SOFIA (Reuters) - For years, Bulgarian sports officials dreamed of getting back on the Alpine ski World Cup calendar. Weather problems elsewhere mean they suddenly find themselves hosting two downhills, plus a super-G, next weekend.
“To organise a downhill race is really difficult,” said Bulgarian ski federation president Tseko Minev. “You can easily see it’s much harder to prepare for a downhill race than to prepare for a slalom event, for example.
“And now we have two (downhills) in two consecutive days. You just can’t ask for a bigger challenge,” he told Reuters. “It’s a privilege to host an extra race but it’s also a big responsibility.
“But we’ve been dreaming of having a World Cup race in Bulgaria for four years and we’re just excited about the opportunity.”
Bulgaria’s oldest winter resort, Borovets, featured briefly on the World Cup schedule with men’s slalom and giant slalom races in the 1981 and 1984 seasons, when the country was under communist rule.
Officials hope that the coming events, in the resort of Bansko, will prove to be a turning point for Bulgarian skiing.
Bansko, some 160 kms south of the capital Sofia, was given the right to host a women’s downhill next Saturday and a super-G the following day.
A second downhill, on Friday, was added when the International Ski Federation (FIS) rescheduled a race called off on December 21 in Switzerland’s St. Moritz because of high winds.
“We realise what it means to organise such a big event and I can say it could be a revolution for our sport, for its development in our country,” Minev, a top banker, said.
Bulgaria is keen to win recognition in the Alpine skiing world and Minev is confident that the races in Bansko, where the federation has been involved in renovating facilities, could be the perfect advertisement.
“It wasn’t that long ago when we were nowhere on the Alpine skiing map but we did extremely hard work over the last couple of years to improve our status.
“(This) could be a stepping stone to the men’s races,” Minev added. “We’re already on the 2011 FIS preliminary list and we know that skiing officials will keep a sharp eye on every single detail.”
Bulgaria has not tasted Alpine skiing success since the country’s best skier Peter Popangelov won a 1980 World Cup slalom in Lenggries, Germany.
However, Minev is optimistic for the future after the domestic federation launched a ‘Learn to ski’ initiative allowing 3,500 children to take free lessons from qualified coaches with five-times World Cup overall champion Marc Girardelli, who raced for Luxembourg, helping as a consultant.
Austrian slalom specialist Kilian Albrecht took Bulgarian citizenship in 2006 and has had two top-20 results in the World Cup this season but Minev said there were no plans to try to persuade more foreign skiers to compete for the Balkan country.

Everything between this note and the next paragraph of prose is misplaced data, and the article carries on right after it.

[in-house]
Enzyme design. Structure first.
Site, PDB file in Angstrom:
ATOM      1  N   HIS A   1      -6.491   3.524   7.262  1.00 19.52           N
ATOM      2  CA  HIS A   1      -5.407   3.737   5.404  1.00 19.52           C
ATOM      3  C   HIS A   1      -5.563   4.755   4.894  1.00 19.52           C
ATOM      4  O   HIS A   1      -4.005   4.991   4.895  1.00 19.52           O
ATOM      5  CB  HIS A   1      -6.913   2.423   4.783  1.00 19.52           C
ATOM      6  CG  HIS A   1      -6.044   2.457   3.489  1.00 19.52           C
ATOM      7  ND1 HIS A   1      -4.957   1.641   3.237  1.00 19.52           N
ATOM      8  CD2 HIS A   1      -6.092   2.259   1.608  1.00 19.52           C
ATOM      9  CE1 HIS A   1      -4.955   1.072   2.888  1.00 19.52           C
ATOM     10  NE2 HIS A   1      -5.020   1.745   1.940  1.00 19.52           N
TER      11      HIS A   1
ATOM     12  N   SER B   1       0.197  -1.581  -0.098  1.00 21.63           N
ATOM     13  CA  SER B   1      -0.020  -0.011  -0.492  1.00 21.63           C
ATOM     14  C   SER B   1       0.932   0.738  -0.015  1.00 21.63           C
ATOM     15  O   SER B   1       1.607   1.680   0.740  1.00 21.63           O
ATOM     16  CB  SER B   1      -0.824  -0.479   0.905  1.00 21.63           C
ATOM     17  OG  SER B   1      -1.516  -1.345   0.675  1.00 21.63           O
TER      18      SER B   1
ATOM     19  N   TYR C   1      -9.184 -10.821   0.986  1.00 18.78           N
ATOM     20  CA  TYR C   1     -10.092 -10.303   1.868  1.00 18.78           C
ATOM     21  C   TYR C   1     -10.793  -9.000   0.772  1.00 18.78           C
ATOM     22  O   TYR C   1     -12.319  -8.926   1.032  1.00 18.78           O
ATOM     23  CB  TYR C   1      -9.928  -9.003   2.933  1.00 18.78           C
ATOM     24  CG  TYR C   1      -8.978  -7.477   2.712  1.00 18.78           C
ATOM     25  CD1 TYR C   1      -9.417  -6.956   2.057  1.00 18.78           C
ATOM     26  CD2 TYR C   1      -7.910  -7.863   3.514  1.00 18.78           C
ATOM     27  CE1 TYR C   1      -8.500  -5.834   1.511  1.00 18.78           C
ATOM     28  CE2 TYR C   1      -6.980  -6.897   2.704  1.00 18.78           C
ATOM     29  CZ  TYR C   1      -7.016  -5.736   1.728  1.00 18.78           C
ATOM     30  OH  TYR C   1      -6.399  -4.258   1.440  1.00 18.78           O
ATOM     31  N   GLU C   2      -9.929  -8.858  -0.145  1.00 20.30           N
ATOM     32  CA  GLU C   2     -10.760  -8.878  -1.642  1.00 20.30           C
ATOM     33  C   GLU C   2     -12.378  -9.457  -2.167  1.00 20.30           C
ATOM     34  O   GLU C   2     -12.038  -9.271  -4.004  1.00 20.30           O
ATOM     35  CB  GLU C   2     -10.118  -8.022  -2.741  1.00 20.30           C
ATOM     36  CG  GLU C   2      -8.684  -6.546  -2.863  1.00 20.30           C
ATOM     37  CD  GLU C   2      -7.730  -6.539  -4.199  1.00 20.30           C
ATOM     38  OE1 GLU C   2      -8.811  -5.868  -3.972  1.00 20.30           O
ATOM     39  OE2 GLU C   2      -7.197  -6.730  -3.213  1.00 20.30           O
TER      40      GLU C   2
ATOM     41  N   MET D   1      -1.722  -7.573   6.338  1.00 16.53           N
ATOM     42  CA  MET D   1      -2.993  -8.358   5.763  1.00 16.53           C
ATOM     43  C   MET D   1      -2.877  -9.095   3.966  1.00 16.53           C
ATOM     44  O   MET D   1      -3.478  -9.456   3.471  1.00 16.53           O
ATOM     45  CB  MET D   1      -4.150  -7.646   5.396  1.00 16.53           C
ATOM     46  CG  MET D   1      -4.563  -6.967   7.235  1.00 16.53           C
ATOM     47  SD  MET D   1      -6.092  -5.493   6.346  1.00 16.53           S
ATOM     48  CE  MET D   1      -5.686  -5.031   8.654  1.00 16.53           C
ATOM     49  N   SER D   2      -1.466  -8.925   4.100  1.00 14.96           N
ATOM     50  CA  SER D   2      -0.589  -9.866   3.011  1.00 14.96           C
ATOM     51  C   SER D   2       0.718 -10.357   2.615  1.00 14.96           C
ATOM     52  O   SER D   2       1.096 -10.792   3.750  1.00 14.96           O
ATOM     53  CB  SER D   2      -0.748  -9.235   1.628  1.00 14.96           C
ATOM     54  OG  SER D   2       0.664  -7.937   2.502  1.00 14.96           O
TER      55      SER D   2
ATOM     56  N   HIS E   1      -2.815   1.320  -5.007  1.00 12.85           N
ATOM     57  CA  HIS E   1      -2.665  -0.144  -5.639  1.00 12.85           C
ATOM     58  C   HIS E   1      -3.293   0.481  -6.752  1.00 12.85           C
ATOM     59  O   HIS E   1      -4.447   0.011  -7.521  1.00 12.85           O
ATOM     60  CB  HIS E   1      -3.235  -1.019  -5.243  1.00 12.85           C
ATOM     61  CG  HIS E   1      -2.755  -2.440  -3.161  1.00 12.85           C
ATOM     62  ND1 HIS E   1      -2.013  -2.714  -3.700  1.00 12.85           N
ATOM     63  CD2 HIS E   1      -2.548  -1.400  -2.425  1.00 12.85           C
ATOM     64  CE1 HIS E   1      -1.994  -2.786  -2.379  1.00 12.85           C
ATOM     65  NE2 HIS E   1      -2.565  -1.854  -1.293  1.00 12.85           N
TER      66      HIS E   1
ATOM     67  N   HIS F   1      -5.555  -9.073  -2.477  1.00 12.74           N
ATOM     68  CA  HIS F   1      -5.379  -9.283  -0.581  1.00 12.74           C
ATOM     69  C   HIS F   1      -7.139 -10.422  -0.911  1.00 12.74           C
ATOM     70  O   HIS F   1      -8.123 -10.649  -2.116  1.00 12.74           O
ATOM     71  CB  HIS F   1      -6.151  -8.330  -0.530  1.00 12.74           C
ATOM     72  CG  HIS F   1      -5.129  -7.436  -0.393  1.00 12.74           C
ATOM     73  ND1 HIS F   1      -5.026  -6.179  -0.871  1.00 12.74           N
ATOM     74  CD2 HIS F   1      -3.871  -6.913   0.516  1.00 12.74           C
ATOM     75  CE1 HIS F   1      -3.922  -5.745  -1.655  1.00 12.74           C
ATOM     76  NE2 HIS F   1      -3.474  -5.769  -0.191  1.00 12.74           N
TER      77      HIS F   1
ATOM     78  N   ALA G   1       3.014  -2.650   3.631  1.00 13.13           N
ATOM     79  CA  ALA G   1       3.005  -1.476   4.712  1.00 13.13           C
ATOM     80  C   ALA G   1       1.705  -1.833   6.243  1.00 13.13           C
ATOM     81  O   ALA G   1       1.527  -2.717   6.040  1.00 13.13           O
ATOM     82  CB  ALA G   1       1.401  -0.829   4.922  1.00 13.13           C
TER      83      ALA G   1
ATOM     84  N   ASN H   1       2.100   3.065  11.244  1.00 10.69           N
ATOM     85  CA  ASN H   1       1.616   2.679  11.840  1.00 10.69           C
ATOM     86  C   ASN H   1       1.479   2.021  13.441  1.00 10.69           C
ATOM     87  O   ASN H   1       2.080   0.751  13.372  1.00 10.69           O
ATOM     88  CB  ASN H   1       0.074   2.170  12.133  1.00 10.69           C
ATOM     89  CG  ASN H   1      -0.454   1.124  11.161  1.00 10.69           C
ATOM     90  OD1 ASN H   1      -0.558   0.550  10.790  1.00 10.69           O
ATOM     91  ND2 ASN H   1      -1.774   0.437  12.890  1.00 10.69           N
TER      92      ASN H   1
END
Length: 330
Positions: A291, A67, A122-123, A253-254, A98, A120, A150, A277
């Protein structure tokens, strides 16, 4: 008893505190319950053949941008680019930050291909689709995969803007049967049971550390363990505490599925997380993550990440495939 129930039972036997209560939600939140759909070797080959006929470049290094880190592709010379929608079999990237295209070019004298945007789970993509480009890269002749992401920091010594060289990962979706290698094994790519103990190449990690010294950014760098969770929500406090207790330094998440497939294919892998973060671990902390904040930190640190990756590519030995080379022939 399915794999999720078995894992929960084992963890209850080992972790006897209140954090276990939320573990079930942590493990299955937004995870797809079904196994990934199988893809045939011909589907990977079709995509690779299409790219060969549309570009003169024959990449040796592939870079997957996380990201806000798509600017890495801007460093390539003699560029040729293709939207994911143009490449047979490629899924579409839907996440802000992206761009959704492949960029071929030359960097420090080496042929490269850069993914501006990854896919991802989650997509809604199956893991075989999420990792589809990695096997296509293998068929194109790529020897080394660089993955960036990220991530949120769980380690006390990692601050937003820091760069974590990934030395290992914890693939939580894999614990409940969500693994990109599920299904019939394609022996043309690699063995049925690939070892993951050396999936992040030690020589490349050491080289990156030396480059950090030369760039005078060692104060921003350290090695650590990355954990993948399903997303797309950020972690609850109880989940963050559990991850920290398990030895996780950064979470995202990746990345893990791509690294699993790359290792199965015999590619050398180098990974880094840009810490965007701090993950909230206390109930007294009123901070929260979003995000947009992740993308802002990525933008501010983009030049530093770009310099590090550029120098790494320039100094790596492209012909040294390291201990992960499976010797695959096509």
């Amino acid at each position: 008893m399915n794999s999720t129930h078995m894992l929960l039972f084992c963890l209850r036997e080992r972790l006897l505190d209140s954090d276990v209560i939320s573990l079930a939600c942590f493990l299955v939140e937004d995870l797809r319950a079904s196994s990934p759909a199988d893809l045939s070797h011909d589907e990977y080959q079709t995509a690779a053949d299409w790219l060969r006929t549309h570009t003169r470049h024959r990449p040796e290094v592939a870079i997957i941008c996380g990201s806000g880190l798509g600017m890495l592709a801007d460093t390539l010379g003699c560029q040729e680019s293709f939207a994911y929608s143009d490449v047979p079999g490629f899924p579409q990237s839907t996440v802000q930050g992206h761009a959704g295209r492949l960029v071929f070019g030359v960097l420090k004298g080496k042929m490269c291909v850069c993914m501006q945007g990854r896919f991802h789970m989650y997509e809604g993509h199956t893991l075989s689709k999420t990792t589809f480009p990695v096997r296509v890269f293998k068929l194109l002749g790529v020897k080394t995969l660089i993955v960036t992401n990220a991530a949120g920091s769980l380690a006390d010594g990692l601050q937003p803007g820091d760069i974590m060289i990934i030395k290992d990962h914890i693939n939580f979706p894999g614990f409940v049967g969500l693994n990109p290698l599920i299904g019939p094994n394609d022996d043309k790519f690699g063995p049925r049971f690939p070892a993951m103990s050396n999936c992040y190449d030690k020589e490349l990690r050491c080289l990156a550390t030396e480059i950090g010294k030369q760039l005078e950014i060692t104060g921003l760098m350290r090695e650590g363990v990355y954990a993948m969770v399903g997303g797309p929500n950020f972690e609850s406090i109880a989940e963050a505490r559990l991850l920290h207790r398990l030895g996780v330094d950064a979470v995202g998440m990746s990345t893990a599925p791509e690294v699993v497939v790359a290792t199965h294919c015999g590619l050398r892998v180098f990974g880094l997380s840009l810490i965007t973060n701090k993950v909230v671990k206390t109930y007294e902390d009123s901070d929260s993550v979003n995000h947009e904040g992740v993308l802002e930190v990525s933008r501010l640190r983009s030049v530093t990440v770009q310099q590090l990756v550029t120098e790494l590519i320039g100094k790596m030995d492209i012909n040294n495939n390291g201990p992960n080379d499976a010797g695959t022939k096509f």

“Kilian helped us a lot,” Minev said. “He’s an exceptional man and we intend to use his vast experience even when he decides to bring his career to an end.
“But we’re not looking for foreign skiers any more. We’re trying to create good conditions for the young Bulgarian skiers.”
Minev believes Bulgaria has the potential to attract more winter tourists.
“We have such unique natural resources that I can predict we can have at least a dozen top-class winter resorts,” he said. “We only need a good policy and willingness to add the necessary infrastructure.”
Sofia, located at the foot of the Vitosha mountain, failed in its bids to host the 1992 and 1994 Winter Olympics.
Winter sports fans are delighted at the prospect of seeing the big names in Alpine skiing compete in Bulgaria.
“It’s unbelievable,” said Hristina Dyankova, 34. “I watch the World Cup races regularly on TV and I also go to Bansko almost every year. So to hear that Bansko would host such a race was fantastic. It’s two in one and you can’t dream for more.”
Fans are not expecting much, however, from the only home competitor in the weekend’s races. Maria Kirkova finished outside the top 20 in all her events at the world championships in Val d’Isere earlier this month and has never finished a World Cup race. No Bulgarian woman has ever won a World Cup event.
Many foreign fans are expected to flock to the Pirin mountain for the races and Bansko mayor Alexandar Kravarov is looking forward to the attention, with at least 15 television stations planning to broadcast the races live.
“The whole world will stare at us,” said Kravarov. “We won that recognition as we’ve already successfully hosted several of Alpine skiing’s Europa Cup races.”
Local police are gearing up too. “This competition could be compared to a Formula One race but we’re doing everything necessary to cope with our task,” police commissar Konstantin Tityanov said.
Editing by Clare Fallon
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